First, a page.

The Borzoi originated from Russia where they were bred to hunt wolves for the Russian aristocrats. As a favourite of the Tsar family, the breed was not widely traded and were only given as gifts from the Tsar family. The most popular Borzoi breeder was Grand Duke Nicholas Nikolaevich of Russia who bred numerous Borzoi in his private estate.
Coming from Central Asia, the Borzoi was crossbred with the Russian Laika in order to ensure resistance against cold weather. In 1917 the civil revolution broke in Russia and the Tsar families were threatened. A lot of the dogs were murdered by the Revolutionalists, which forced some noblemen to shoot their own dogs themselves rather than let them fall into the militants’ hands. Luckily the breed survived together with the borzaya variants in the countryside.
Before 1936, the Americans recognized the breed as the Russian Wolfhounds. They changed it to Borzoi after, borrowing Russian term ‘borzii’, which means fast or swift. The name suits the breed’s swift characteristic as a hunter hound.
The breed is easily characterised by his large but lithe body, narrow skull and muzzle, and long hair. The Borzoi is a member of the sighthound family and has a similar look with the Greyhound. The nose is large and black; while the eyes are dark in colour and a little bit slanted. The back line of the body is arched slightly upward with his tail set low. This hound has long, silky coat that can be flat, wavy or curly. The coat can come in any colour or combination of colours, but the most common colours are white, gold, red, grey, and black rowan. The Borzoi has soft undercoat that thickens when it is cold and sheds when it is hot.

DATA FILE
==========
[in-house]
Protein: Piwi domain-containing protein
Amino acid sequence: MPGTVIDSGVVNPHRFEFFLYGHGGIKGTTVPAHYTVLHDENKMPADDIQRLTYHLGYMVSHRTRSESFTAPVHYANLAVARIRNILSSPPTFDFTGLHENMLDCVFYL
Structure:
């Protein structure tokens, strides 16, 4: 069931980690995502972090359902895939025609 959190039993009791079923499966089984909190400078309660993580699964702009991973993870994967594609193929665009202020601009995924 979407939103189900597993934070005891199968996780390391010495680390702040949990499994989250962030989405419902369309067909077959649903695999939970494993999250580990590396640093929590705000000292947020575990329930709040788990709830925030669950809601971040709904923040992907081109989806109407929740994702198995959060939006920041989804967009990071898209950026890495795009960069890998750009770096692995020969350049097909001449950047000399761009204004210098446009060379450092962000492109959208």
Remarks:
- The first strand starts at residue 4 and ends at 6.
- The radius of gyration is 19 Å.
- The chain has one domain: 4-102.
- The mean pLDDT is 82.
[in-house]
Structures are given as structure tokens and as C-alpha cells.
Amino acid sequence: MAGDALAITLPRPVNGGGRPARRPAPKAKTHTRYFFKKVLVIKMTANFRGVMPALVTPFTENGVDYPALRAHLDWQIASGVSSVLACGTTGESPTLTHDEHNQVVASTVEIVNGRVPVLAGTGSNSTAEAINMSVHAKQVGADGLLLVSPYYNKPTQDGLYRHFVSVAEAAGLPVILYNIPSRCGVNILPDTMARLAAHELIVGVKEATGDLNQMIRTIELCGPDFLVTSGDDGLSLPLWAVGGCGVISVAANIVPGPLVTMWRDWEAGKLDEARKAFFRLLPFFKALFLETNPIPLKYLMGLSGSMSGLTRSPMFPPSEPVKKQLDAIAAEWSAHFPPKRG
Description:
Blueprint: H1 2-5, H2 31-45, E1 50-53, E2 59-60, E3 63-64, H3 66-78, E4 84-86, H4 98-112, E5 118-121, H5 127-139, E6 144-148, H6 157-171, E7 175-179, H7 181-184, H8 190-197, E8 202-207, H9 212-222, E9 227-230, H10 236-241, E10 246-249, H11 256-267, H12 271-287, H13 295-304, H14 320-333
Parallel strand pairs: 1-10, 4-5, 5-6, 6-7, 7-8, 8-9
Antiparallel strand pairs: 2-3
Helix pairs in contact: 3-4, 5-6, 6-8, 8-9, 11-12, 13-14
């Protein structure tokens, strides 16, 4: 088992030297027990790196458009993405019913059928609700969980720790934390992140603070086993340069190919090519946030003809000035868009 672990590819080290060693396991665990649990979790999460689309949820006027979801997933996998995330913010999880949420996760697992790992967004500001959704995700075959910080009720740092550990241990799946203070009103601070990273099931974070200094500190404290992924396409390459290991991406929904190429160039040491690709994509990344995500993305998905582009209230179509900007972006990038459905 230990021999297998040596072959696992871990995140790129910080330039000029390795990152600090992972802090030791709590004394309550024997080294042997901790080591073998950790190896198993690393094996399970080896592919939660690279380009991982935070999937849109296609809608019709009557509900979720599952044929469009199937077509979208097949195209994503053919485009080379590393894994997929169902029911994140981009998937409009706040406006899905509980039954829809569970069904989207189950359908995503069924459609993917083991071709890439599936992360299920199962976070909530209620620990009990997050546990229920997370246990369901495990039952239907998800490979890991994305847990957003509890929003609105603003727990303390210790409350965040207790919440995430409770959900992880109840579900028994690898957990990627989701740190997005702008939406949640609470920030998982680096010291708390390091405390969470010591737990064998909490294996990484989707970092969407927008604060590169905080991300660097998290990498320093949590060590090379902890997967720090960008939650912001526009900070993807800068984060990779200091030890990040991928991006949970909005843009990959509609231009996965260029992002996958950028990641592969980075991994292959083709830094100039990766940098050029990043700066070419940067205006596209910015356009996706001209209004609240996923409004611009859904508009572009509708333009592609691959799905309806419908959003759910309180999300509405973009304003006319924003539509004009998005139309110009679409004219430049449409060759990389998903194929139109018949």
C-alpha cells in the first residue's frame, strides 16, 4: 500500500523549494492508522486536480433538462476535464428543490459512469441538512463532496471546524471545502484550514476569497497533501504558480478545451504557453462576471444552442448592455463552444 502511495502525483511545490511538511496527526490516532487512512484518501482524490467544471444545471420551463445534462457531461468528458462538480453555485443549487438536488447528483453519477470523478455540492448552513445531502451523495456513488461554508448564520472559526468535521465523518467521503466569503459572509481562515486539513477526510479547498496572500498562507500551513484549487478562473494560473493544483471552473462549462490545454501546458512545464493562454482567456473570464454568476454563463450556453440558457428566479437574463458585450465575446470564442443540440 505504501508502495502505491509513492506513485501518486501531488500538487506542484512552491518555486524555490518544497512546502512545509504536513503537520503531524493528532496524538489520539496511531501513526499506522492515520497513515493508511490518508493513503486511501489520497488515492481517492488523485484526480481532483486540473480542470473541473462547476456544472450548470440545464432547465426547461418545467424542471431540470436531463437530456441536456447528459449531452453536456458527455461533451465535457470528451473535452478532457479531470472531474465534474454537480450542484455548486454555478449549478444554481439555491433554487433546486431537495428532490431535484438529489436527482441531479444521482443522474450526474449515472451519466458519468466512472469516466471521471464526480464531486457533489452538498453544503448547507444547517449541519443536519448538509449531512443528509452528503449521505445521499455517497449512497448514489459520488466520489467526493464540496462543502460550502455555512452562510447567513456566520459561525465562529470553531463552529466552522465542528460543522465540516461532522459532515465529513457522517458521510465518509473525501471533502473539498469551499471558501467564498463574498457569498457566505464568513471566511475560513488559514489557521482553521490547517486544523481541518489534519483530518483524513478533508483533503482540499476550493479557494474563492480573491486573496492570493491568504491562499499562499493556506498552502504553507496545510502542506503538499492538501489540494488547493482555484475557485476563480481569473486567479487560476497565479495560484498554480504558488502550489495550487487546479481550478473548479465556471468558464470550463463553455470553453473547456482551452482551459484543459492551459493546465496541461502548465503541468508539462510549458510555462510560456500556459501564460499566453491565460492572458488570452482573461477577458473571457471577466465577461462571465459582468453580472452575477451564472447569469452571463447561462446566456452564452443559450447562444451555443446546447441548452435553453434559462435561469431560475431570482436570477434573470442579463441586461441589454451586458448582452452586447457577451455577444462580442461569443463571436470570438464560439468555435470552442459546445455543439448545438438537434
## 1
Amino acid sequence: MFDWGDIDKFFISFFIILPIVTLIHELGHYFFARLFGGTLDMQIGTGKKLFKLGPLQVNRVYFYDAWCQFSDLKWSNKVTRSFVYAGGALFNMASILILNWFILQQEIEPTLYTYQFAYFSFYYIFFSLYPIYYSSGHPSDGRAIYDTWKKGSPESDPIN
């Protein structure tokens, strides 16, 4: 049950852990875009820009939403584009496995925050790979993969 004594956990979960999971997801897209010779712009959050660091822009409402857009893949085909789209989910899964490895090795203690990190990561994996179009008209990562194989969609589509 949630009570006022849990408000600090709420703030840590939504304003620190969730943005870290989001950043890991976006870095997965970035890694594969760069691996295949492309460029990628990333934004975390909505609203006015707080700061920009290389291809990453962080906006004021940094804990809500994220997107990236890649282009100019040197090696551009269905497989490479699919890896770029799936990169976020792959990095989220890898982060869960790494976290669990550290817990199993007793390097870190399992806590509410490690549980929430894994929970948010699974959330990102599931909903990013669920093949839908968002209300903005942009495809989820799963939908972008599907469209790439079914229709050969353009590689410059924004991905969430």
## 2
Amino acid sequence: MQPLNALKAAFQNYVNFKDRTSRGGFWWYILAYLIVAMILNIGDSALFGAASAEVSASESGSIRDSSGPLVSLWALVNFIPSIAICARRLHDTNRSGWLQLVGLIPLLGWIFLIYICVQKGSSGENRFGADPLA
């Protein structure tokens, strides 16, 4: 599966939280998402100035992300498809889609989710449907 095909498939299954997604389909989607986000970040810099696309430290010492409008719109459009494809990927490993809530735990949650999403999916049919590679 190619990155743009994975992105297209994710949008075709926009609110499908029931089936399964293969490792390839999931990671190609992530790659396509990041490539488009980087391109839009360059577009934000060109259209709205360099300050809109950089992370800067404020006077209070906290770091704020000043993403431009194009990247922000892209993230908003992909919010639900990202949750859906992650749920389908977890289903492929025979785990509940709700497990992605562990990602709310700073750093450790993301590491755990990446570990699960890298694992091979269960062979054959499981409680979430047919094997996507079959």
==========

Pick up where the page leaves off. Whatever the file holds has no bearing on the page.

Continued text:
The Borzoi’s coat needs regular brushing to keep it silky and shiny. Fortunately the dog has a cat-like characteristic where he likes to keep himself clean all the time. Hair between his toes should be clipped regularly so that he could stay comfortable.
The breed is amazingly quiet and therefore makes for a good pet to keep in an apartment. Frequent long walks and exercise are needed to keep this hunter type of breed active and happy. They are usually good with children and other animals as long as socialized at his early age. However, this graceful dog may not be an ideal companion to young children who like playing rough games. He can get along with other animals in the family too, but this does not apply to smaller outsider animals, as his hunting instinct will take over and he will run fast to catch them.
The Borzoi is prone to bloat/torsion.